New research by Saga Investment Services has found that the proportion of properties sold in England and Wales above the £325,000 Inheritance Tax (IHT) ‘nil-rate band’ looks set to reach record levels in 2016.
Earlier this year, Saga found that 24% of properties sold in 2015 exceeded £325,000, an increase from 13% in 2009 when the nil-rate band was first set. In fresh analysis of property sales data from the Land Registry for the first seven months of 2016, that figure has edged up to 26%, meaning more than one in four properties were sold over the nil-rate band.
Perhaps unsurprisingly, the biggest areas for growth were to be found in London. In central London, four out of every five (82%) properties sold so far this year exceeded £325,000, up from 76% in 2015.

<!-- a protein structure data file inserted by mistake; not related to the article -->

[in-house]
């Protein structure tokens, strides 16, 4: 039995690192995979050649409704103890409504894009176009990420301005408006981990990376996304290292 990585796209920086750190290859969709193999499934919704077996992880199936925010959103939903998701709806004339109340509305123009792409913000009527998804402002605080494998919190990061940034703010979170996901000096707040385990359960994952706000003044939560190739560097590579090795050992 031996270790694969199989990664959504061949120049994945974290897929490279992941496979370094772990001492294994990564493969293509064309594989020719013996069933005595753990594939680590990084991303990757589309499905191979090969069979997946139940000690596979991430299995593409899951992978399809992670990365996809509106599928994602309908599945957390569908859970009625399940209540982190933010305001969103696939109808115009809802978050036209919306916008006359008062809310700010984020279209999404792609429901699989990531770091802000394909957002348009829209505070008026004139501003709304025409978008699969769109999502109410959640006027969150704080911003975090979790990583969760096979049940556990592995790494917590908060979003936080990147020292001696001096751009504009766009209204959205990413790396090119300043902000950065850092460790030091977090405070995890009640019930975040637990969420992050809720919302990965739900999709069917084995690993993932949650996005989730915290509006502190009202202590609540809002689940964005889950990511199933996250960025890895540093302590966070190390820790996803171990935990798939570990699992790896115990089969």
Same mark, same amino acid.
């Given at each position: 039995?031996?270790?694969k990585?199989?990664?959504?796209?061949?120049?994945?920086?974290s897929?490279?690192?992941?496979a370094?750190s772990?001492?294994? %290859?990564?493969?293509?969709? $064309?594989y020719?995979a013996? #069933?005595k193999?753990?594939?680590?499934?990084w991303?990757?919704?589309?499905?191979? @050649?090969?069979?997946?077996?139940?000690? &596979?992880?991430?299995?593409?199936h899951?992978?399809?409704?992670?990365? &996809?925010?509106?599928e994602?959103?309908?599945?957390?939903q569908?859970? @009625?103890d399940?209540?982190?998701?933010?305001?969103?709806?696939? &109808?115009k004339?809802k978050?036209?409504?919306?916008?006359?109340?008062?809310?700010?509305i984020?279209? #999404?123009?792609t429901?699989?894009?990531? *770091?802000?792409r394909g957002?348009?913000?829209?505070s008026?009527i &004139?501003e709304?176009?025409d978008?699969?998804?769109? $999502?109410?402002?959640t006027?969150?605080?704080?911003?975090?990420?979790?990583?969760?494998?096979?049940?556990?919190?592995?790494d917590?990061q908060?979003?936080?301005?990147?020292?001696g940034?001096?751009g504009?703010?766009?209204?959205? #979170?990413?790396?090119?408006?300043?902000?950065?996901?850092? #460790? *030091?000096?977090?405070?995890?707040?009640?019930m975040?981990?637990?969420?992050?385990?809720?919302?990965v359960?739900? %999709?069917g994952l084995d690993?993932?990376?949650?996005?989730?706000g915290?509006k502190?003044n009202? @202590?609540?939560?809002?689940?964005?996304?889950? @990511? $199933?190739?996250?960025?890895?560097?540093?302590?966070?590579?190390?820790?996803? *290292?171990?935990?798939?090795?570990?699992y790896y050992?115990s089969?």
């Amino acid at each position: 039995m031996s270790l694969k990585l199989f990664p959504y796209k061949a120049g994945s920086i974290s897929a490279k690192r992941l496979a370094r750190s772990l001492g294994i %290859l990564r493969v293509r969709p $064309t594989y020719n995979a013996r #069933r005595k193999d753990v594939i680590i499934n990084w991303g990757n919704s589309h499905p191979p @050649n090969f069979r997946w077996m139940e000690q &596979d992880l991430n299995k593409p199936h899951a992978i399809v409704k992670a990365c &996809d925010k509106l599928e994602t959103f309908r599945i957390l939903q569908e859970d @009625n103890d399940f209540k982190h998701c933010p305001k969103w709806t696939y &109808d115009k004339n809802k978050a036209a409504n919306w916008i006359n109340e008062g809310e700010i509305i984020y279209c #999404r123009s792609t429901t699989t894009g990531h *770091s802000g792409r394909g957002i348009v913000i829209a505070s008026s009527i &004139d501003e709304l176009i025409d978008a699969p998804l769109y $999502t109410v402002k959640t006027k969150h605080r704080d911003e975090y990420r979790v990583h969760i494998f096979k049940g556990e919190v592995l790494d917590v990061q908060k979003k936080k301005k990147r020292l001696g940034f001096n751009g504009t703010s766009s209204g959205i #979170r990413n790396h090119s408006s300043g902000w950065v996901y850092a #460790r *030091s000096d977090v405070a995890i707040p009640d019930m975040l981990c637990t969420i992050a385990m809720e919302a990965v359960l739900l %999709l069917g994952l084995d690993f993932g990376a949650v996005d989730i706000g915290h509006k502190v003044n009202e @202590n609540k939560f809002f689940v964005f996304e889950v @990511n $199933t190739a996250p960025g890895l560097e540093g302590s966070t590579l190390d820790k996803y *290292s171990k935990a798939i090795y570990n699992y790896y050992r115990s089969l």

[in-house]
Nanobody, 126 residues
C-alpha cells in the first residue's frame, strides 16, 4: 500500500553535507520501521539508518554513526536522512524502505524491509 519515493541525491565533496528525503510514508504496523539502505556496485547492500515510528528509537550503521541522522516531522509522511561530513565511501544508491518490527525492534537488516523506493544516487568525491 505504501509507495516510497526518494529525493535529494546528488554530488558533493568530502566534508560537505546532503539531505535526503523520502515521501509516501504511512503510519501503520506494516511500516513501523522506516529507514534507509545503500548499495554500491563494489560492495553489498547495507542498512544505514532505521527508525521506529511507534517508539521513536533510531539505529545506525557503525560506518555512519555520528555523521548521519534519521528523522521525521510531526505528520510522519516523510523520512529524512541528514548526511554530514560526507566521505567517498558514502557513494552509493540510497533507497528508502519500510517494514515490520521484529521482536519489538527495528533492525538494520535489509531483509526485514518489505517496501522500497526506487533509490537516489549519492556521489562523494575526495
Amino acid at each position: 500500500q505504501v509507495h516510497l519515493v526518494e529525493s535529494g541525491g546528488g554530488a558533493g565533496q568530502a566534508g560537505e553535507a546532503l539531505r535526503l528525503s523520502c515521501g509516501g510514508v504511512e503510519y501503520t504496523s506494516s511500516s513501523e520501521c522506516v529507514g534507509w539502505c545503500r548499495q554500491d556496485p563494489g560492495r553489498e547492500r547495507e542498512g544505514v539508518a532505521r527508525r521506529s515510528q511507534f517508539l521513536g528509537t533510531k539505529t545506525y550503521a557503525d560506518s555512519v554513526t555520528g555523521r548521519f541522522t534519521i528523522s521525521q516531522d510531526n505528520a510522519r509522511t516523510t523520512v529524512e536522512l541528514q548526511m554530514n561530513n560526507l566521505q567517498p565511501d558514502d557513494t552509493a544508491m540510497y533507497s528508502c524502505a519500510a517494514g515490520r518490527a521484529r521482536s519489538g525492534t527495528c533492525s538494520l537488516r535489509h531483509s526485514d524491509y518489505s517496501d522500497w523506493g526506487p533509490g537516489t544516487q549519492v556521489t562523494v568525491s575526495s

The findings come six months before the UK Government introduces a new IHT allowance for people passing on their main home to a direct descendant. In 2017, an individual will be able to pass on £425,000 to their heirs, if this includes their main residence, meaning a married couple or civil partnership could pass on as much as £850,000. This new allowance will rise by £25,000 each year until it reaches £175,000 in 2020, when a potential £1 million can be passed on.
“The latest figures suggest that 2016 will be a record year for property sales exceeding the IHT nil-rate band,” commented Gareth Shaw, head of consumer affairs at Saga Investment Services. “And with more people dragged into the IHT net simply because their property has risen in value, the tax is no longer just an issue for the wealthy.”
“For anyone who believes their estate may be subject to IHT, early action with a professional financial planner will be a valuable investment,” he added.
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